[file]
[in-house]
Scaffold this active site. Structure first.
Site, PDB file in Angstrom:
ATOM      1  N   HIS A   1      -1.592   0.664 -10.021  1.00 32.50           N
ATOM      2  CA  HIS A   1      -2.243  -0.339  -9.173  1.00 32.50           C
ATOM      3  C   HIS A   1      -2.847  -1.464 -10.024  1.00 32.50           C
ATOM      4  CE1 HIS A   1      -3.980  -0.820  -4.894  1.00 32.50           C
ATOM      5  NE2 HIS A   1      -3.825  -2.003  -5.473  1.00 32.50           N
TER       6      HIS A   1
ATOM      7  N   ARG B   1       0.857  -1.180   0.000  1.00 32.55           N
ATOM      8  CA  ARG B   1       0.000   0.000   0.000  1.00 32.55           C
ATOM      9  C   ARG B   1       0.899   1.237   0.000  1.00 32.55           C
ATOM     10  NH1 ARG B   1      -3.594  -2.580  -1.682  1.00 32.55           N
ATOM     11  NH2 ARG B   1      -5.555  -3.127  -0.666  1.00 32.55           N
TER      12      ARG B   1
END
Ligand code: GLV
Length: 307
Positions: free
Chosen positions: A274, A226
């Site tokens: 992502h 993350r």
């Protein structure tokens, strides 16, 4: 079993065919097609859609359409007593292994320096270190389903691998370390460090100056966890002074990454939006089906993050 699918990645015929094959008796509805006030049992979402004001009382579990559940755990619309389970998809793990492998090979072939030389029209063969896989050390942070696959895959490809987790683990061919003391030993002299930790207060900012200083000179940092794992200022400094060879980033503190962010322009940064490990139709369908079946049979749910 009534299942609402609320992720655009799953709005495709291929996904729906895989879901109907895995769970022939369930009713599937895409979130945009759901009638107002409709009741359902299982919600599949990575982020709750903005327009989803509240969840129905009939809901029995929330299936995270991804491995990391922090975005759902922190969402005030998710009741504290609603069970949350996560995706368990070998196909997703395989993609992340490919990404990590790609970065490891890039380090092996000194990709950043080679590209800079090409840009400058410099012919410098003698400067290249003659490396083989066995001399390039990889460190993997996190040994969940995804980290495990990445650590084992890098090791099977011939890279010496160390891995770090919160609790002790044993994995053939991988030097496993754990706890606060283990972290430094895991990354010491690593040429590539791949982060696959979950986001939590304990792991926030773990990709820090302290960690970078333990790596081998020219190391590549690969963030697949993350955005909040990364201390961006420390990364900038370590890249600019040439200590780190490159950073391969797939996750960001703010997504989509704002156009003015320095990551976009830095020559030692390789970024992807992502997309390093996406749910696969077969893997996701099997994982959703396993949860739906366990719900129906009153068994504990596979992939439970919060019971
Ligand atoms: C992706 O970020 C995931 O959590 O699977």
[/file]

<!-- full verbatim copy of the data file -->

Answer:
[in-house]
Scaffold this active site. Structure first.
Site, PDB file in Angstrom:
ATOM      1  N   HIS A   1      -1.592   0.664 -10.021  1.00 32.50           N
ATOM      2  CA  HIS A   1      -2.243  -0.339  -9.173  1.00 32.50           C
ATOM      3  C   HIS A   1      -2.847  -1.464 -10.024  1.00 32.50           C
ATOM      4  CE1 HIS A   1      -3.980  -0.820  -4.894  1.00 32.50           C
ATOM      5  NE2 HIS A   1      -3.825  -2.003  -5.473  1.00 32.50           N
TER       6      HIS A   1
ATOM      7  N   ARG B   1       0.857  -1.180   0.000  1.00 32.55           N
ATOM      8  CA  ARG B   1       0.000   0.000   0.000  1.00 32.55           C
ATOM      9  C   ARG B   1       0.899   1.237   0.000  1.00 32.55           C
ATOM     10  NH1 ARG B   1      -3.594  -2.580  -1.682  1.00 32.55           N
ATOM     11  NH2 ARG B   1      -5.555  -3.127  -0.666  1.00 32.55           N
TER      12      ARG B   1
END
Ligand code: GLV
Length: 307
Positions: free
Chosen positions: A274, A226
């Site tokens: 992502h 993350r």
């Protein structure tokens, strides 16, 4: 079993065919097609859609359409007593292994320096270190389903691998370390460090100056966890002074990454939006089906993050 699918990645015929094959008796509805006030049992979402004001009382579990559940755990619309389970998809793990492998090979072939030389029209063969896989050390942070696959895959490809987790683990061919003391030993002299930790207060900012200083000179940092794992200022400094060879980033503190962010322009940064490990139709369908079946049979749910 009534299942609402609320992720655009799953709005495709291929996904729906895989879901109907895995769970022939369930009713599937895409979130945009759901009638107002409709009741359902299982919600599949990575982020709750903005327009989803509240969840129905009939809901029995929330299936995270991804491995990391922090975005759902922190969402005030998710009741504290609603069970949350996560995706368990070998196909997703395989993609992340490919990404990590790609970065490891890039380090092996000194990709950043080679590209800079090409840009400058410099012919410098003698400067290249003659490396083989066995001399390039990889460190993997996190040994969940995804980290495990990445650590084992890098090791099977011939890279010496160390891995770090919160609790002790044993994995053939991988030097496993754990706890606060283990972290430094895991990354010491690593040429590539791949982060696959979950986001939590304990792991926030773990990709820090302290960690970078333990790596081998020219190391590549690969963030697949993350955005909040990364201390961006420390990364900038370590890249600019040439200590780190490159950073391969797939996750960001703010997504989509704002156009003015320095990551976009830095020559030692390789970024992807992502997309390093996406749910696969077969893997996701099997994982959703396993949860739906366990719900129906009153068994504990596979992939439970919060019971
Ligand atoms: C992706 O970020 C995931 O959590 O699977």